Tuesday, July 08, 2008


War Powers Act: Time to end Bush's dictatorship

Here's some rather good news, for a change.

Plan Offered to Revamp War Powers Act

by: John M. Broder, The New York Times

Washington - Two former secretaries of state have declared the War Powers Resolution of 1973 obsolete and proposed a new system of closer consultation between the White House and Congress before American forces go into battle.

Their proposal would require the president to consult lawmakers before initiating combat lasting longer than a week except in rare cases requiring emergency action. Congress, for its part, would have 30 days to approve or disapprove of the military action.

The plan would create a new committee of Congressional leaders and relevant committee chairmen, with a full-time staff with access to military and intelligence material. The president would be required to consult with the group in advance of any extended strike.

Secretaries of State Warren Christopher and James A. Baker III oversaw a year-long study of the longstanding tension over war powers between the executive and legislative branches. In a report to be released on Tuesday, they concluded that the 1973 law, which was passed in the waning days of the Vietnam War and which aimed to limit the president's ability to commit American forces to war unilaterally, never served its intended function and must be replaced.

In an Op-Ed article in The New York Times on Tuesday,, Mr. Christopher, who served under former President Bill Clinton, and Mr. Baker, who served under the first President Bush, wrote that the 1973 act is "ineffective at best and unconstitutional at worst. No president has recognized its constitutionality, and Congress has never pressed the issue. Nor has the Supreme Court ever ruled on its constitutionality."

"As a consequence," they wrote, "the 1973 statute has been regularly ignored - a situation that undermines the rule of law, the centerpiece of American democracy."

Presidents since Jefferson have asserted the right to commit troops to battle when they deem it in the national interest. Congress has the power under the constitution to declare war and control spending on military actions, but it has seldom exercised it. The new legislation is designed to clarify when and for how long presidents can act unilaterally.

The question has arisen repeatedly in the context of the Iraq war. In 2002, President Bush sought and received Congressional authorization for military action to enforce United Nations weapons sanction. Since then, however, many members of Congress have claimed that he has exceeded that authority and have tried repeatedly to limit the scope of the war and impose a timetable for withdrawal of troops. All of those efforts have failed.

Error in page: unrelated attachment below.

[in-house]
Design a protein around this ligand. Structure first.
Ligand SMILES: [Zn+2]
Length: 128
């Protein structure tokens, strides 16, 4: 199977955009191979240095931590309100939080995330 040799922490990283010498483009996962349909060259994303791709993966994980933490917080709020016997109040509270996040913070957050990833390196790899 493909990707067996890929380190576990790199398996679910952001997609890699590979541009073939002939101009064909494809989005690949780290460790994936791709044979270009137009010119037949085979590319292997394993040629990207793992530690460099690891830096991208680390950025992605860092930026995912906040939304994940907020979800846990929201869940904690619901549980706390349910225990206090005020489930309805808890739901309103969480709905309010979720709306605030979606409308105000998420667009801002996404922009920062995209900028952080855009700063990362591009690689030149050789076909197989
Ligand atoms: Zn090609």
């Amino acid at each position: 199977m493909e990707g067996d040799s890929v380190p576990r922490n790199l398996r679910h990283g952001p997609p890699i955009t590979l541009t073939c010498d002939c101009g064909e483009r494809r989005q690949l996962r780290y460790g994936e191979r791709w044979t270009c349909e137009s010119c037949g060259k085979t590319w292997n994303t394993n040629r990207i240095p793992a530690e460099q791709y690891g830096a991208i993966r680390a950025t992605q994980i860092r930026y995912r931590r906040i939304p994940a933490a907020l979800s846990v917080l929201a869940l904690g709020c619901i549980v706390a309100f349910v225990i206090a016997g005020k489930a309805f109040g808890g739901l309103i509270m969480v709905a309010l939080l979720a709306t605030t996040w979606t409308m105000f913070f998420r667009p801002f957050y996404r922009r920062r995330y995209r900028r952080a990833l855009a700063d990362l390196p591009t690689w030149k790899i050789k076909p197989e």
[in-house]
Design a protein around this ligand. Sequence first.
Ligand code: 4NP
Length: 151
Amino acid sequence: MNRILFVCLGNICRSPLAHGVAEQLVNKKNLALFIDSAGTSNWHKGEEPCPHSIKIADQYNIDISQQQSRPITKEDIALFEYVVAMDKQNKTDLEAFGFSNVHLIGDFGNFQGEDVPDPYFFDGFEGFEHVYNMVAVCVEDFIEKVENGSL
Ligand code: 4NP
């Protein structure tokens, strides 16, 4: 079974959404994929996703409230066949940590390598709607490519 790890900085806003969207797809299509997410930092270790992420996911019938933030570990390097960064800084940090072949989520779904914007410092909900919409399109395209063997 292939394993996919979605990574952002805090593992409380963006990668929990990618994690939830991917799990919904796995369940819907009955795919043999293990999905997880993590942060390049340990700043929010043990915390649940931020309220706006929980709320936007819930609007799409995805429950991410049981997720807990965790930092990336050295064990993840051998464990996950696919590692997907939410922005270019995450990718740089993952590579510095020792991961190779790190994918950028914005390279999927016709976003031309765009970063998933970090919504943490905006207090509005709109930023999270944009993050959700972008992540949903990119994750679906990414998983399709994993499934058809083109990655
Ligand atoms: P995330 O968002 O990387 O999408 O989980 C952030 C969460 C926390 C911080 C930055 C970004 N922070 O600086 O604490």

In 2007, several senators, including Robert C. Byrd of West Virginia, Hillary Rodham Clinton of New York and Barack Obama of Illinois, the likely Democratic presidential nominee, tried to repeal the 2002 war authorization. They also fell short.

In a Republican presidential debate last October, Senator John McCain, the likely Republican presidential candidate, said he would take military action without going to Congress first, "if the situation is that it requires immediate action to ensure the security of the United States of America."

"That's what you take your oath to do when you're inaugurated as president," Mr. McCain said. But he also said that he would seek the approval of Congress if there were time to assess the threat and debate possible courses of action.

Mr. Baker and Mr. Christopher led a commission of former policymakers and constitutional experts to study the war powers question. The group included former Democratic Representative Lee Hamilton, who was a co-chairman with Mr. Baker of the Iraq Study Group in 2006, whose recommendations for a gradual withdrawal from Iraq were largely ignored by President Bush. Other members of the panel were former Republican Senator Slade Gorton of Washington, former Secretary of the Army John O. Marsh Jr., former Attorney General Edwin Meese III and former Deputy Secretary of State Strobe Talbott.

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